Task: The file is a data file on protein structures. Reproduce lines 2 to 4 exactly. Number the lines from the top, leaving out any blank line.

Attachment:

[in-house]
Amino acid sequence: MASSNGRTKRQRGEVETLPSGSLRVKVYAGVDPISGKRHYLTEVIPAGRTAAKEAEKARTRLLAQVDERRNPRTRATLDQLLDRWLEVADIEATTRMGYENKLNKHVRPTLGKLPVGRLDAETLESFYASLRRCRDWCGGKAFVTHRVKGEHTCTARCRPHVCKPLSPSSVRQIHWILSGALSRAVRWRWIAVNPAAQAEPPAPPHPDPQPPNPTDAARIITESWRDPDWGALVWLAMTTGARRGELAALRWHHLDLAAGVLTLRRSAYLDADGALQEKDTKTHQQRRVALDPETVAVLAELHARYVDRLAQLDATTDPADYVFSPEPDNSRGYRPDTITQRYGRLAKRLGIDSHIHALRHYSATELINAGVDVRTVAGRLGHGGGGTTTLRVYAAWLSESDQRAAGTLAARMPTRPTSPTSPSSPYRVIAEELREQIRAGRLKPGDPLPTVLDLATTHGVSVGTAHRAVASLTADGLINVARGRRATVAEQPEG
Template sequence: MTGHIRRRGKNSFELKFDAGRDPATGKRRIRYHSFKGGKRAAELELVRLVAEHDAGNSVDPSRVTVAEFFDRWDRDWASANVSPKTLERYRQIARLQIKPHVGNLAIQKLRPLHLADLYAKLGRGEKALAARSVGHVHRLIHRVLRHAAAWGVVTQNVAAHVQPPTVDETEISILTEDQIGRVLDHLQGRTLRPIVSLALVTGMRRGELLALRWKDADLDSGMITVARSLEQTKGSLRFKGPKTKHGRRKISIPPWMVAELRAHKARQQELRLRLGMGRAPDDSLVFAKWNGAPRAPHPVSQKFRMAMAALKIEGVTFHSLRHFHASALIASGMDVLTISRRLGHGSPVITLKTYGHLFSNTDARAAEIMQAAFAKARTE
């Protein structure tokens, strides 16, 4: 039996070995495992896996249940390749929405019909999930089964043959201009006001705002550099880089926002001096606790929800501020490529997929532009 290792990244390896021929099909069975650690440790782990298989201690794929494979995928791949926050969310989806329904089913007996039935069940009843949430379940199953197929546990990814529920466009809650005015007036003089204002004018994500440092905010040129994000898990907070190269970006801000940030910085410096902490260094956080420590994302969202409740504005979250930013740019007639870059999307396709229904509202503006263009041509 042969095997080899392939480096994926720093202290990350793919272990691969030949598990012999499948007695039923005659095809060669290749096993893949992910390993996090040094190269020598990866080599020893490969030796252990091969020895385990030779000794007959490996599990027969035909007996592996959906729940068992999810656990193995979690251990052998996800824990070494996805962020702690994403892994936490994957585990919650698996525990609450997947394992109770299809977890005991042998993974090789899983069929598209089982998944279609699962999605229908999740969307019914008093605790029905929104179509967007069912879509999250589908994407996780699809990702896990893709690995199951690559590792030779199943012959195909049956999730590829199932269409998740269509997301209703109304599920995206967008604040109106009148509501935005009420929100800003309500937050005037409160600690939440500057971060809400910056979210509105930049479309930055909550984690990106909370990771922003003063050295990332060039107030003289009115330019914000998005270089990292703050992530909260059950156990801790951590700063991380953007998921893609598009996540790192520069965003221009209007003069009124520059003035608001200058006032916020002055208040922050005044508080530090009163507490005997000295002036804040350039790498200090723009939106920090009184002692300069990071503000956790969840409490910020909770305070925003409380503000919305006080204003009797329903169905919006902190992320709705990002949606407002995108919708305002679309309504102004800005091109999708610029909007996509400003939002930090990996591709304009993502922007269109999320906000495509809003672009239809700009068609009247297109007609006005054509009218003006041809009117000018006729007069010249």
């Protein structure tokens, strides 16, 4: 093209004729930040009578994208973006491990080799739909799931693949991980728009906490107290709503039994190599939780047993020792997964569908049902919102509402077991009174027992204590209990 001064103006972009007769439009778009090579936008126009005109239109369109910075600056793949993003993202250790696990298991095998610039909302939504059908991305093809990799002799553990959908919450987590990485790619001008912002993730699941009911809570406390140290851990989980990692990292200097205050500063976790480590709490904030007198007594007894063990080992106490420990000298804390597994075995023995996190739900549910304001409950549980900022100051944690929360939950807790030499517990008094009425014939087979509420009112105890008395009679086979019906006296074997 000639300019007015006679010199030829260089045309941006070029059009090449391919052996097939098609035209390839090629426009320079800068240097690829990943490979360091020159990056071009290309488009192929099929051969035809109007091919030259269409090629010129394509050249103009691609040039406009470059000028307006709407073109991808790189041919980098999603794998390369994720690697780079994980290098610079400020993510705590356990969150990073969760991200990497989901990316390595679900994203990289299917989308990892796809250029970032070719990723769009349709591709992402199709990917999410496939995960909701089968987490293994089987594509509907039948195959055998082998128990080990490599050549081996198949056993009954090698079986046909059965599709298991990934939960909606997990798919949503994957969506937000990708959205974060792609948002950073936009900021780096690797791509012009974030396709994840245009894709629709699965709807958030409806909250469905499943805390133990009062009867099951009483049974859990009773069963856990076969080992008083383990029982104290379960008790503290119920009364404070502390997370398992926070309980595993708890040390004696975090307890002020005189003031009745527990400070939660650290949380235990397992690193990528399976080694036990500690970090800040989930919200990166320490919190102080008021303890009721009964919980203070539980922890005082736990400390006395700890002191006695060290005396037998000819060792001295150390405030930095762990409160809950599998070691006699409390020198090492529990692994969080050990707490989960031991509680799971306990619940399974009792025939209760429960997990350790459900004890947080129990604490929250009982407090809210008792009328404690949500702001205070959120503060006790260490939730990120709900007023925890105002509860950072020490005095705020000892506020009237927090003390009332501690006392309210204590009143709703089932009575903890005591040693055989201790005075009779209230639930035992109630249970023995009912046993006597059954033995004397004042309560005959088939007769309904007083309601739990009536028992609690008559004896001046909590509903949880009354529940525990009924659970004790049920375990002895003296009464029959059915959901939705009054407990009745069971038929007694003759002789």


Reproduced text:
Amino acid sequence: MASSNGRTKRQRGEVETLPSGSLRVKVYAGVDPISGKRHYLTEVIPAGRTAAKEAEKARTRLLAQVDERRNPRTRATLDQLLDRWLEVADIEATTRMGYENKLNKHVRPTLGKLPVGRLDAETLESFYASLRRCRDWCGGKAFVTHRVKGEHTCTARCRPHVCKPLSPSSVRQIHWILSGALSRAVRWRWIAVNPAAQAEPPAPPHPDPQPPNPTDAARIITESWRDPDWGALVWLAMTTGARRGELAALRWHHLDLAAGVLTLRRSAYLDADGALQEKDTKTHQQRRVALDPETVAVLAELHARYVDRLAQLDATTDPADYVFSPEPDNSRGYRPDTITQRYGRLAKRLGIDSHIHALRHYSATELINAGVDVRTVAGRLGHGGGGTTTLRVYAAWLSESDQRAAGTLAARMPTRPTSPTSPSSPYRVIAEELREQIRAGRLKPGDPLPTVLDLATTHGVSVGTAHRAVASLTADGLINVARGRRATVAEQPEG
Template sequence: MTGHIRRRGKNSFELKFDAGRDPATGKRRIRYHSFKGGKRAAELELVRLVAEHDAGNSVDPSRVTVAEFFDRWDRDWASANVSPKTLERYRQIARLQIKPHVGNLAIQKLRPLHLADLYAKLGRGEKALAARSVGHVHRLIHRVLRHAAAWGVVTQNVAAHVQPPTVDETEISILTEDQIGRVLDHLQGRTLRPIVSLALVTGMRRGELLALRWKDADLDSGMITVARSLEQTKGSLRFKGPKTKHGRRKISIPPWMVAELRAHKARQQELRLRLGMGRAPDDSLVFAKWNGAPRAPHPVSQKFRMAMAALKIEGVTFHSLRHFHASALIASGMDVLTISRRLGHGSPVITLKTYGHLFSNTDARAAEIMQAAFAKARTE
């Protein structure tokens, strides 16, 4: 039996070995495992896996249940390749929405019909999930089964043959201009006001705002550099880089926002001096606790929800501020490529997929532009 290792990244390896021929099909069975650690440790782990298989201690794929494979995928791949926050969310989806329904089913007996039935069940009843949430379940199953197929546990990814529920466009809650005015007036003089204002004018994500440092905010040129994000898990907070190269970006801000940030910085410096902490260094956080420590994302969202409740504005979250930013740019007639870059999307396709229904509202503006263009041509 042969095997080899392939480096994926720093202290990350793919272990691969030949598990012999499948007695039923005659095809060669290749096993893949992910390993996090040094190269020598990866080599020893490969030796252990091969020895385990030779000794007959490996599990027969035909007996592996959906729940068992999810656990193995979690251990052998996800824990070494996805962020702690994403892994936490994957585990919650698996525990609450997947394992109770299809977890005991042998993974090789899983069929598209089982998944279609699962999605229908999740969307019914008093605790029905929104179509967007069912879509999250589908994407996780699809990702896990893709690995199951690559590792030779199943012959195909049956999730590829199932269409998740269509997301209703109304599920995206967008604040109106009148509501935005009420929100800003309500937050005037409160600690939440500057971060809400910056979210509105930049479309930055909550984690990106909370990771922003003063050295990332060039107030003289009115330019914000998005270089990292703050992530909260059950156990801790951590700063991380953007998921893609598009996540790192520069965003221009209007003069009124520059003035608001200058006032916020002055208040922050005044508080530090009163507490005997000295002036804040350039790498200090723009939106920090009184002692300069990071503000956790969840409490910020909770305070925003409380503000919305006080204003009797329903169905919006902190992320709705990002949606407002995108919708305002679309309504102004800005091109999708610029909007996509400003939002930090990996591709304009993502922007269109999320906000495509809003672009239809700009068609009247297109007609006005054509009218003006041809009117000018006729007069010249």